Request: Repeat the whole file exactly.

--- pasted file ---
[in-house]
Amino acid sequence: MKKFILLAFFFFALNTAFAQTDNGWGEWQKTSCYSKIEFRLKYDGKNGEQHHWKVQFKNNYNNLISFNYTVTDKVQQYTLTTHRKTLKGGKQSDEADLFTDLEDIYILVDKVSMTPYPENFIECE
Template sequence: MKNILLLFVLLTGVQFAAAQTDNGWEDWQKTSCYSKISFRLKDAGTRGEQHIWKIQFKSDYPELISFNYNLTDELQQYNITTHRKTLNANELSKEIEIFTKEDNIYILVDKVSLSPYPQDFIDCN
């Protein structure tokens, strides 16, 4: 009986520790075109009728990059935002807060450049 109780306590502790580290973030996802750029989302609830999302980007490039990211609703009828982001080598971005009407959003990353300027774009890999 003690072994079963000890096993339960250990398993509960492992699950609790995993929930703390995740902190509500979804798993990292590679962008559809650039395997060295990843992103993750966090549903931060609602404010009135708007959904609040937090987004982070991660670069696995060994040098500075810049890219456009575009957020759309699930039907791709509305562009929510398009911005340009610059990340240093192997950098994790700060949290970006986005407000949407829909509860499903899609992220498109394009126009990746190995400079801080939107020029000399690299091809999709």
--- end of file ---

[in-house]
Amino acid sequence: MKKFILLAFFFFALNTAFAQTDNGWGEWQKTSCYSKIEFRLKYDGKNGEQHHWKVQFKNNYNNLISFNYTVTDKVQQYTLTTHRKTLKGGKQSDEADLFTDLEDIYILVDKVSMTPYPENFIECE
Template sequence: MKNILLLFVLLTGVQFAAAQTDNGWEDWQKTSCYSKISFRLKDAGTRGEQHIWKIQFKSDYPELISFNYNLTDELQQYNITTHRKTLNANELSKEIEIFTKEDNIYILVDKVSLSPYPQDFIDCN
């Protein structure tokens, strides 16, 4: 009986520790075109009728990059935002807060450049 109780306590502790580290973030996802750029989302609830999302980007490039990211609703009828982001080598971005009407959003990353300027774009890999 003690072994079963000890096993339960250990398993509960492992699950609790995993929930703390995740902190509500979804798993990292590679962008559809650039395997060295990843992103993750966090549903931060609602404010009135708007959904609040937090987004982070991660670069696995060994040098500075810049890219456009575009957020759309699930039907791709509305562009929510398009911005340009610059990340240093192997950098994790700060949290970006986005407000949407829909509860499903899609992220498109394009126009990746190995400079801080939107020029000399690299091809999709």